One look at any website marketplace will soon reveal that it’s possible to make money with just about any type of website if you’re prepared to put the work in.
That said, some websites do tend to be more profitable than others.
In my experience, the following three types of sites tend to produce the biggest ROI.
eCommerce sales topped $5.7 billion in 2022 alone, with that figure expected to rise to over $8.1 billion by 2026, so it’s no wonder that so many website investors target eCommerce sites.
At the top end of the food chain, Victoria’s Secret took over the online clothing subscription website Adore Me for over $400 million.
Elsewhere, another look on Empire Flippers reveals a whole host of eCommerce websites on the market for anywhere from several hundred thousand to several million dollars.
2. Niche Blog Sites
I love blogging, but that isn’t the only reason I’ve primarily focused on blogs throughout my website investing career.
The other reason is that they can make you some serious money with the right keywords, strong enough content, and enough traffic.
Top bloggers can generate thousands of dollars per month through various monetization methods, and it isn’t unheard of to hear of investors buying up blogs for well over $50,000.
One news website I came across in the tech and business niche is currently on the market for over $75,000.
If you’re considering starting a blog to flip it for profit, check out my guide to the most profitable website niches.
3. Review Sites
It’s said that as many as 93% of shoppers turn to online reviews before making a purchase.
Review sites can capitalize on this by writing honest, high-quality reviews of products and services and earning commission fees by sharing affiliate links to those products and services.
Depending on factors such as the site’s age and how much recurring income they generate, some review sites can sell for anywhere from $4,000 to $40,000+.
What are the Best Places to Buy and Sell Websites?
If you’ve been paying attention so far, you’ll notice that I’ve already introduced you to two of the biggest platforms for buying and selling websites.
Empire Flippers is my preferred platform as it does a better job vetting website owners to ensure they’re legitimate before adding their site to the marketplace.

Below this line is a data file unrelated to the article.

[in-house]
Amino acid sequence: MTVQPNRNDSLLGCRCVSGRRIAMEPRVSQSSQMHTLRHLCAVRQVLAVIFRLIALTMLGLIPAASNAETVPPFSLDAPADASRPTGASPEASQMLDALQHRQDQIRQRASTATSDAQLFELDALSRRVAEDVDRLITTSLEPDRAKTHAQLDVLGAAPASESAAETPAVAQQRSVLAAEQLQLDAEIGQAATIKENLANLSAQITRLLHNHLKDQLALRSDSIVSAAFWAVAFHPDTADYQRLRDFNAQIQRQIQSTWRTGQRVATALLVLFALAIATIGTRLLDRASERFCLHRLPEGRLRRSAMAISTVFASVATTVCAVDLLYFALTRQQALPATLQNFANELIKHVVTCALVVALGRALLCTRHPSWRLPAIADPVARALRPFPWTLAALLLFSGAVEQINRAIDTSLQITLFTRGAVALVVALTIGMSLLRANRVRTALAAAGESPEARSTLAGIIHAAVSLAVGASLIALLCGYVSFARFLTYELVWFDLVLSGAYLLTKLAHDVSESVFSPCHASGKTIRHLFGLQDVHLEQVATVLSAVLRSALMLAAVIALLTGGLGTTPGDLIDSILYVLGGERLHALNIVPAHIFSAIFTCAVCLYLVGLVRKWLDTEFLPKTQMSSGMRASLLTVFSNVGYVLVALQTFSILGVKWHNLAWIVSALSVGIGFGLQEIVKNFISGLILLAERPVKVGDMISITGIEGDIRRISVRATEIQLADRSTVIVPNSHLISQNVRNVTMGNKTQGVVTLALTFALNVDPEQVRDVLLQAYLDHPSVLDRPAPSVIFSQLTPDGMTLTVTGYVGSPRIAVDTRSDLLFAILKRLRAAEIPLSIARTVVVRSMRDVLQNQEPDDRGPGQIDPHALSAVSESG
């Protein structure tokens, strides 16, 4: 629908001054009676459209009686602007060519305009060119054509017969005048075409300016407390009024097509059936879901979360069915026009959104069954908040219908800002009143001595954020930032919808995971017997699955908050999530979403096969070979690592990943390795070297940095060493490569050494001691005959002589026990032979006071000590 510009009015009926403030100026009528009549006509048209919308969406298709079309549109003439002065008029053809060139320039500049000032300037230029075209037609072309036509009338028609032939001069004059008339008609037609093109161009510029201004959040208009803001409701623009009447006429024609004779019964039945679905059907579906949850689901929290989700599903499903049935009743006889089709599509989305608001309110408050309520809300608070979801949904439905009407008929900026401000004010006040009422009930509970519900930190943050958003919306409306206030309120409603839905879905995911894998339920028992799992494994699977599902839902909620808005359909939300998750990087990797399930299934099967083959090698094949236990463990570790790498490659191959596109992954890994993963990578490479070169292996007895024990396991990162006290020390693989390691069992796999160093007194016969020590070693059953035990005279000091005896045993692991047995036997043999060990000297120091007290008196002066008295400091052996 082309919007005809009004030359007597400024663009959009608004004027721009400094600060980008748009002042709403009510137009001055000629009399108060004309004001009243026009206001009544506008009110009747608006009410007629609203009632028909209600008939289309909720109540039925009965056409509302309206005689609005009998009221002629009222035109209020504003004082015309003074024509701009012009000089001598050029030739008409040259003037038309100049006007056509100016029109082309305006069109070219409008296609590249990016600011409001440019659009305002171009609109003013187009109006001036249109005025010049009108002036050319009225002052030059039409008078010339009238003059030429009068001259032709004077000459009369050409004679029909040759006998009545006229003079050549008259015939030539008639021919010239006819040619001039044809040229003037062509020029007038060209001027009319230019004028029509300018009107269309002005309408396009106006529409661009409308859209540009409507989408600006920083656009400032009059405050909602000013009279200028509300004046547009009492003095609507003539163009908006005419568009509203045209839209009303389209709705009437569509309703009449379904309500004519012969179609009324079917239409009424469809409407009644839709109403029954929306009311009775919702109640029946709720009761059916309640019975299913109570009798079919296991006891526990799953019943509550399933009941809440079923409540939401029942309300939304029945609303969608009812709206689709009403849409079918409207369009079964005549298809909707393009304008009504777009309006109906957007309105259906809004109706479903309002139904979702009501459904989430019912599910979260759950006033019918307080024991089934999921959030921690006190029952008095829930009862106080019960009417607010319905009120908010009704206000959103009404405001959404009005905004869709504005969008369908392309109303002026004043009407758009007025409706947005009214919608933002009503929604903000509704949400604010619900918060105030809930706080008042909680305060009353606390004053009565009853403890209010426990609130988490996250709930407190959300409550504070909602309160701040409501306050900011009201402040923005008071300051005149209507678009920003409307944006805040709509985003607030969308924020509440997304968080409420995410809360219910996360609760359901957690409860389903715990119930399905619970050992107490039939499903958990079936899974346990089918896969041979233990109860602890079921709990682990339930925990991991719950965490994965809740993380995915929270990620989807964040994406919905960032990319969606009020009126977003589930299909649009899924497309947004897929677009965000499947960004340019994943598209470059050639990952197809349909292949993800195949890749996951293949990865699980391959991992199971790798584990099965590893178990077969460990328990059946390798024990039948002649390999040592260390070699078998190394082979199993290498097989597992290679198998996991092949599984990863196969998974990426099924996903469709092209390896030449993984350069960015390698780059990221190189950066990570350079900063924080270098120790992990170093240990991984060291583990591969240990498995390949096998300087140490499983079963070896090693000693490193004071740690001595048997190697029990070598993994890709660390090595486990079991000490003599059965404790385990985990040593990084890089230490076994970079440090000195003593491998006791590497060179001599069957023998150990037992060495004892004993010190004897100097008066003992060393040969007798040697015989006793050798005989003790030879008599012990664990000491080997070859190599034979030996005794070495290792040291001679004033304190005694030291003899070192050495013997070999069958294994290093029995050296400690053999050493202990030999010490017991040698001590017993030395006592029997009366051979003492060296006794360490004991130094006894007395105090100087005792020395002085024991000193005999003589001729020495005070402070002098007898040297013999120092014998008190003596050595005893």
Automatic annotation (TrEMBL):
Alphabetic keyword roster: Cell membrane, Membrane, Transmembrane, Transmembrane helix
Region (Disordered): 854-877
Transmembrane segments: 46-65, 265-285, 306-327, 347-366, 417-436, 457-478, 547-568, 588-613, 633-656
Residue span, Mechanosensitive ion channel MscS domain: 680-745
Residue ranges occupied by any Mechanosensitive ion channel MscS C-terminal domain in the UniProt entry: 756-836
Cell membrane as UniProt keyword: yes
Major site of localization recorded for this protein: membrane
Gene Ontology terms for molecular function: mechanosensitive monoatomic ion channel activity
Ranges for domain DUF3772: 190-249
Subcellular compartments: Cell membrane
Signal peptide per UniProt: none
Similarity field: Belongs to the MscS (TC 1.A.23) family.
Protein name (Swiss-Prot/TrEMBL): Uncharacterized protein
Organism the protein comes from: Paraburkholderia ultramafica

If you’re looking to buy a website, this provides the reassurance that you will not get ripped off.
If you’re selling, going through the website vetting process proves to buyers that you’re the real deal. That kind of buyer confidence can go a long way to helping you make a successful sale.
Flippa doesn’t offer the same kind of verification process, but it is a great place to find sites for sale at a much lower price than Empire Flippers.
If you’re starting your website investment career on a small budget, this may be the best place to start.
Other top platforms to buy and sell websites include:
- MicroAcquire – Best for SaaS (Software as a Service website)
- FE International – Best for high-value websites
- Shopify Exchange Marketplace – Best for buying and selling Shopify stores
- BizBroker – Best for getting help with preparing your website for sale.
What to Look For When Buying a Website?
If you’re in the market to buy a website, the following key factors will help you to determine whether that site is worth investing in.
If you’re planning to put your website up for sale, these factors should give you a good idea of how profitable that site is likely to be.
1. Site and Domain Age
The older the site, the more valuable it’s likely to be. This is why I typically hold onto websites for at least a year after I launch a new one or purchase an existing one.
It gives the site and the domain name time to age so that I can show potential buyers that it has a long history of generating traffic and revenue when selling it.
When buyers see that a site has been consistently producing results for a year (or preferably more), it tells them there’s a good chance that it will continue to produce results after the sale.
2. Traffic Numbers
Simply put, a website that consistently generates solid traffic numbers is more valuable than a website that hardly attracts visitors.
If you’re a buyer, you don’t just want to look at recent traffic but also long-term trends.
If the traffic levels have been relatively steady for some time, that’s a good sign that they’ll continue to remain that way (unless you put the work in to grow your site). If the traffic numbers have increased over time, that’s also a good sign that the site is connecting with visitors in some way.